Comparative analysis of maize-livestock innovation systems in Awassa, Bako and Ambo areas of Ethiopia
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Mengistu, A. 2010. Comparative analysis of maize-livestock innovation systems in Awassa, Bako and Ambo areas of Ethiopia. PhD thesis in Agriculture (Animal Nutrition). Haramaya, Ethiopia: Haramaya University.
Permanent link to this item: http://hdl.handle.net/10568/24818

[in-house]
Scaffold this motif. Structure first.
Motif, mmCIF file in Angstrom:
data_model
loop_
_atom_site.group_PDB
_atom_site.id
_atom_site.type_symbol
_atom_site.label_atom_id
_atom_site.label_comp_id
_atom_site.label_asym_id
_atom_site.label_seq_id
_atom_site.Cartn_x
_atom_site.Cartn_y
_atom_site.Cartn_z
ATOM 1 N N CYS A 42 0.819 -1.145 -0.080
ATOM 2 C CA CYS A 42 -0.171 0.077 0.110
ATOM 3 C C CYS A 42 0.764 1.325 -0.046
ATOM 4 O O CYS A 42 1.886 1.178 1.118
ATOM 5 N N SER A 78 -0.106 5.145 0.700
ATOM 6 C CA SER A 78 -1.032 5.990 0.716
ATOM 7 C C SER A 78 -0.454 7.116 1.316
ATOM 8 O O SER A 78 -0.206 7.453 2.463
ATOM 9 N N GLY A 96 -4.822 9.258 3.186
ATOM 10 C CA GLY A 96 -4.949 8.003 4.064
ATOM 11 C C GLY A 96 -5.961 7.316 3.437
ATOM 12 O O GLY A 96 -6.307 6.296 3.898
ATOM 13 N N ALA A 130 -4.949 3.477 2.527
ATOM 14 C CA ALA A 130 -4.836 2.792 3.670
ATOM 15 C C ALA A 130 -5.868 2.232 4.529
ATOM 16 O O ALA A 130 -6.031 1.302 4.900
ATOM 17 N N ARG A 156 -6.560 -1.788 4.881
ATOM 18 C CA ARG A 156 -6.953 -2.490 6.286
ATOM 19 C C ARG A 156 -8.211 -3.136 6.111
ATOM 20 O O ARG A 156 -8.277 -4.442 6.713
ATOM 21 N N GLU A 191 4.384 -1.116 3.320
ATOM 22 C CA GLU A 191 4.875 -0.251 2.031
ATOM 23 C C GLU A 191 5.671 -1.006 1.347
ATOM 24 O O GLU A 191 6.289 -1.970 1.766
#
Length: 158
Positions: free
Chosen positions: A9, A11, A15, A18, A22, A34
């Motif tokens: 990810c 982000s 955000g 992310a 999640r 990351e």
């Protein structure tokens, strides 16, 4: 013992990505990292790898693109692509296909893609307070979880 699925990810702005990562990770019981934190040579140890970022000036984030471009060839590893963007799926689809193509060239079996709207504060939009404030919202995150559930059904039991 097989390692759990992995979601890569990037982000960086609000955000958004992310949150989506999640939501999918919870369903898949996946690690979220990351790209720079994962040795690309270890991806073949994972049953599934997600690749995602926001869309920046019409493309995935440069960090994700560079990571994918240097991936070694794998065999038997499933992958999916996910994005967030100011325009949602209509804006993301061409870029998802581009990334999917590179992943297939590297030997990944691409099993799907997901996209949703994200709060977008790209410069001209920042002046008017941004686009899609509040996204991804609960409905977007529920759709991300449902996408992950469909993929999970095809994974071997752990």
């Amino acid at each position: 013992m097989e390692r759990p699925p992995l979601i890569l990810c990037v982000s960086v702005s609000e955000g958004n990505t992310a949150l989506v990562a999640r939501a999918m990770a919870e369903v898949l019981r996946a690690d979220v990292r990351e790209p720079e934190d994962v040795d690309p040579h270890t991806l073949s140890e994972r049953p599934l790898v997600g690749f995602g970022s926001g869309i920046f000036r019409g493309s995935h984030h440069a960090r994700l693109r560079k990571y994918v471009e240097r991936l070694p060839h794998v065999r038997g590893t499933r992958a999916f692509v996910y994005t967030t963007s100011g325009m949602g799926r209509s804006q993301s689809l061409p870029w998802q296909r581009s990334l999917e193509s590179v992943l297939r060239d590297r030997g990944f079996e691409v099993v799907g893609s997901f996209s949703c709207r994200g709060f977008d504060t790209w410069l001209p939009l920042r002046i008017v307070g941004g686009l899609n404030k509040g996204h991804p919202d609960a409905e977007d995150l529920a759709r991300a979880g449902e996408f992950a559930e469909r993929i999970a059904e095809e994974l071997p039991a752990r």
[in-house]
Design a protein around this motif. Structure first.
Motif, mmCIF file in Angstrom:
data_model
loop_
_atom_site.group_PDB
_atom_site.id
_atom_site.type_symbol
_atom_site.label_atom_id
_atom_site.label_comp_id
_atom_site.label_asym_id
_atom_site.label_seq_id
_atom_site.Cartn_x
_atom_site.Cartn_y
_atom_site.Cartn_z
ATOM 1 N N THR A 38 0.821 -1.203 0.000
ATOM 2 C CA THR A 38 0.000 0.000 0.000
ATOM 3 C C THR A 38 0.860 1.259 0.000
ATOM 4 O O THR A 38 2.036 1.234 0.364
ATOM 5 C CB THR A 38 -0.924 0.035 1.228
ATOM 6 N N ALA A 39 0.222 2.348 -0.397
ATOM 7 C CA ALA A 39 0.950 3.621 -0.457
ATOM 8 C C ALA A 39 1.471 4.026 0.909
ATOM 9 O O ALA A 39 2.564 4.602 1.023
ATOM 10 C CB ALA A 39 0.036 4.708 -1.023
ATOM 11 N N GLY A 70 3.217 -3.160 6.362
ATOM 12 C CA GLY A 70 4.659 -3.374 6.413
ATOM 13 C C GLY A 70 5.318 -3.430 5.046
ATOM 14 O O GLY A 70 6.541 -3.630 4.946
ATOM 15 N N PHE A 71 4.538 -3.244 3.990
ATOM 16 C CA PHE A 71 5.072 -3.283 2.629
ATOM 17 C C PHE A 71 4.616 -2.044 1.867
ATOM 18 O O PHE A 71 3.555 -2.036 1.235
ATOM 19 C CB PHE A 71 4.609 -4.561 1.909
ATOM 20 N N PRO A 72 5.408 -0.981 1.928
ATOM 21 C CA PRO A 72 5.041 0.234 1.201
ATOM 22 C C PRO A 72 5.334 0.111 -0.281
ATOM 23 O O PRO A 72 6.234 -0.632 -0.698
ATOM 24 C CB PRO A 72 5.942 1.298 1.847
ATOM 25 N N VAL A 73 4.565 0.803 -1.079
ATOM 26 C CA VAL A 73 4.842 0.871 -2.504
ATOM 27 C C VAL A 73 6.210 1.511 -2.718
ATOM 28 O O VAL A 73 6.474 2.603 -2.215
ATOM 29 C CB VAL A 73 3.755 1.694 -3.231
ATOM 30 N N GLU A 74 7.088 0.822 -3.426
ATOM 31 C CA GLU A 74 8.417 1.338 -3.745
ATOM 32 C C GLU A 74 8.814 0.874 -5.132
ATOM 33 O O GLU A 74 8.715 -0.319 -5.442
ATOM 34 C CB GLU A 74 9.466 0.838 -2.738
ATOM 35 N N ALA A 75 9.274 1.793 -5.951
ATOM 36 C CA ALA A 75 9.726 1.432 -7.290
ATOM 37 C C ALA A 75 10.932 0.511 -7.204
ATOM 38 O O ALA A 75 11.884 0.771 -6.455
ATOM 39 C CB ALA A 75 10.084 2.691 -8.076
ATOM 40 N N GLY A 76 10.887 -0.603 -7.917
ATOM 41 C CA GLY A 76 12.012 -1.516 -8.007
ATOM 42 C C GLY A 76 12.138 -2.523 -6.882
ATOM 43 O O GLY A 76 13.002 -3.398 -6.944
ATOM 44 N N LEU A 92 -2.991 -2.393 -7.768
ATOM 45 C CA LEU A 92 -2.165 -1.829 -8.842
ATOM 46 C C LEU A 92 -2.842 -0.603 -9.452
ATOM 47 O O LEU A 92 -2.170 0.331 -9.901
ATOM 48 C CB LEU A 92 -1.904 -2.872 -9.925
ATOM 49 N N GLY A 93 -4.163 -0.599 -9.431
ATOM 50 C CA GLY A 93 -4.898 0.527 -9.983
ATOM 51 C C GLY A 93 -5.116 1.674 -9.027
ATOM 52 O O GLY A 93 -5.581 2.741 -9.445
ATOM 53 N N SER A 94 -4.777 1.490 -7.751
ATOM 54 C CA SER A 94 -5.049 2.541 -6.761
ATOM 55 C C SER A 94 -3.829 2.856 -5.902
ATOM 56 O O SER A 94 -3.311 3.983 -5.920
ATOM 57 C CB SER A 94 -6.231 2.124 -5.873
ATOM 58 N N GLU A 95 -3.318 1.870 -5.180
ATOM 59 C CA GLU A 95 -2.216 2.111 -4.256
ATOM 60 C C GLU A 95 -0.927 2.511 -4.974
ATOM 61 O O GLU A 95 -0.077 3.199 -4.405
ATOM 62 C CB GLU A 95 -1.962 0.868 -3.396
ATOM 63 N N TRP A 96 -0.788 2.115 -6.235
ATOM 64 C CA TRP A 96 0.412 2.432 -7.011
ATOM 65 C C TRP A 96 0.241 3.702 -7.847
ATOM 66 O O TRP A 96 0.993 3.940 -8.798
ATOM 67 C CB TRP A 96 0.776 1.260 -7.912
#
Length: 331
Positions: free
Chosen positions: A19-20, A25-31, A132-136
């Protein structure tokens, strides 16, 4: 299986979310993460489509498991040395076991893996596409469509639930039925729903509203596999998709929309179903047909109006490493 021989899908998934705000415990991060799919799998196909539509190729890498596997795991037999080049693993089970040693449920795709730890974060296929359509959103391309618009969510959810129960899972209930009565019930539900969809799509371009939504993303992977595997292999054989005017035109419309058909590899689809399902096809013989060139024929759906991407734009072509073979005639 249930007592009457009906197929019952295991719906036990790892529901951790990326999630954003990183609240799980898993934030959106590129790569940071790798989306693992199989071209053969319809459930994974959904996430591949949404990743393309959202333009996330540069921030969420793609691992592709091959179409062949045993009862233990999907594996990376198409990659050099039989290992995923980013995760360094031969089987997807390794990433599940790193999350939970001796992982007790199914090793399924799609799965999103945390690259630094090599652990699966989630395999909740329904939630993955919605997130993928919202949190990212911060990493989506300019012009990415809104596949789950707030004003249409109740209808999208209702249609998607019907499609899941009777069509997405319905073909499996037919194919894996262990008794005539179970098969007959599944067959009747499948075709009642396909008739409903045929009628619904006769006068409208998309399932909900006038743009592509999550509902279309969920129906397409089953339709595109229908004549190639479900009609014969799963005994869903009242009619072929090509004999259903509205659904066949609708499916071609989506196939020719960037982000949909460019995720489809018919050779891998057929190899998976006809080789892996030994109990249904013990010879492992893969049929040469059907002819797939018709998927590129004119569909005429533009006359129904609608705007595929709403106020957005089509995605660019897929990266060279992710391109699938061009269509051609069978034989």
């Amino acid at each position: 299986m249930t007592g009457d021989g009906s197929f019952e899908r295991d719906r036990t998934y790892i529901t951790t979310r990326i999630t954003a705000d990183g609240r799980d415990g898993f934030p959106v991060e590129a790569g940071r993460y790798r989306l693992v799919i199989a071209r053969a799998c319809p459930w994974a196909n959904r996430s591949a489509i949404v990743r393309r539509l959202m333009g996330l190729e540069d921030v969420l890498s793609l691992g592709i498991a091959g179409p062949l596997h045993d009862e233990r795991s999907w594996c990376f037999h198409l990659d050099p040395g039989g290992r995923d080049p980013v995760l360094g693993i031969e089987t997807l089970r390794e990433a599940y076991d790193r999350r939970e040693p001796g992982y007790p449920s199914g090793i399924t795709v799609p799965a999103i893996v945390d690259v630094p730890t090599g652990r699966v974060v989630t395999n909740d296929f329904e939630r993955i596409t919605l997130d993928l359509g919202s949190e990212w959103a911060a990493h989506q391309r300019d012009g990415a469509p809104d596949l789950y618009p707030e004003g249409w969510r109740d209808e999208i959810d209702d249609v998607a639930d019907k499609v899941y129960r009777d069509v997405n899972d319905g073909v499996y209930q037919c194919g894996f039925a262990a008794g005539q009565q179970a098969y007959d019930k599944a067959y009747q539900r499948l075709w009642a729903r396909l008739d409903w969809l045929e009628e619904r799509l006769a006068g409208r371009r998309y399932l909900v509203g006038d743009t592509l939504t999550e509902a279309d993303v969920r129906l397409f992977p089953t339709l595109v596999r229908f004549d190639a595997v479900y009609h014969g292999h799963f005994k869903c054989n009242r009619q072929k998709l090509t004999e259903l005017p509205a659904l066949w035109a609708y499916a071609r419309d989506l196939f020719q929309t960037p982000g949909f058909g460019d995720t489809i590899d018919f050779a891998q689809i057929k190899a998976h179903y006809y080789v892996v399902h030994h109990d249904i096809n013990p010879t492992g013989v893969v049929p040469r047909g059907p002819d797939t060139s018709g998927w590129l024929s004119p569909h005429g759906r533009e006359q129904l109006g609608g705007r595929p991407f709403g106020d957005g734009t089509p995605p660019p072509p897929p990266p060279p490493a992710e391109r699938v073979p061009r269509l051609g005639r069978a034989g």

A study was undertaken with the objectives of (i) assessing farmers’ practices in the use of maize byproducts for livestock feeding and analyze influence of variety on yield and quality of the stover; (ii) analyzing constraints and linkages between maize and livestock subsystems; (iii) assessing factors influencing farmers’ preferences to improved maize varieties, and (iv) describing and understanding the maize-livestock innovation systems at a national level and in selected areas. The study included three levels of analysis, namely the macro, meso and micro levels. The macro level analysis focused on evaluating the national maize – livestock innovation system where key actors, their roles and competencies, their habits and practices, and linkages and interactions were analyzed through review of secondary sources and key informant interviews. The meso level emphasized on the analysis of the innovation systems in Awassa, Bako and Ambo areas, and the assessment of feeding practices and farmers’ rankings of maize varieties through key informant interviews and focus group discussions. Stover samples that were collected at green/eshet and mature/dry stages from on-farm demonstration plots were analyzed for their chemical composition (ash, nitrogen, neutral detergent fiber, acid detergent fiber, acid detergent lignin, in vitro organic matter digestibility and metabolizable energy). Besides, at micro level, household level data were collected from a total sample size of 350 farmers randomly selected from Awassa, Bako Tibe and Ambo districts. Analysis of factors that affect farmers’ choice of varieties was done using the multinomial logit model. Descriptive statistics and ANOVA were also employed as analytical tools. From the studied maize varieties, significant varietal differences were observed in NDF and ADL contents of stovers. However, varietal difference in grain yield was not significant. Results of the current study gave indications about the possibility of manipulating feed related traits in the effort to breed and/or select for maize varieties that combine food and feed traits The linkage between the maize and livestock subsystems towards an integrated maize-livestock production system has been constrained by several problems. These constraints affect resource flows between the two subsystems by constraining both or either. These included socio economic, biophysical and institutional constraints. The ever intensifying population pressure which influences the availability of land for maize production and grazing and large family size of households motivating farmers to cultivate more land dictated by the demand for enough grain are affecting the linkage. Feed shortage coupled with disease problems causes continuous decline of livestock number and productivity constraining the contribution of livestock to the maize subsystem. Unbalanced research and extension focus between the maize and the livestock subsystems, difficulties in the process of technology popularization and inefficient and ineffective input, credit and veterinary services are the important institutional bottlenecks for integrating the maize and livestock subsystems to the level they could. Analysis of the factors that affect farmers’ choice of maize varieties gave results with a possible implication that livestock owning farmers make a preference to a variety with better stover quality in addition to grain yield. There were no functional and meaningful mechanisms of interaction between the actors in the maize livestock innovation system and the different actors have capacity limitations to execute their roles up to the level and quality that the system requires for being effective, efficient and sustainable. The overall picture of the maize-livestock innovation system is tied with the conventional top-down approach which is not participatory and learning based. The system suffers from shortages and high prices of inputs added to lack of timely supply. Lack of proper input demand assessment is also contributing to the scope of the problem. There is a high government control over the input system. Continued capacity building efforts for all of the actors and promotion of trust worthy interactive learning processes for better technological uptake and responsiveness to the demands of end users are necessary. An institutional innovation and building the culture of working together to bring about technological change is required.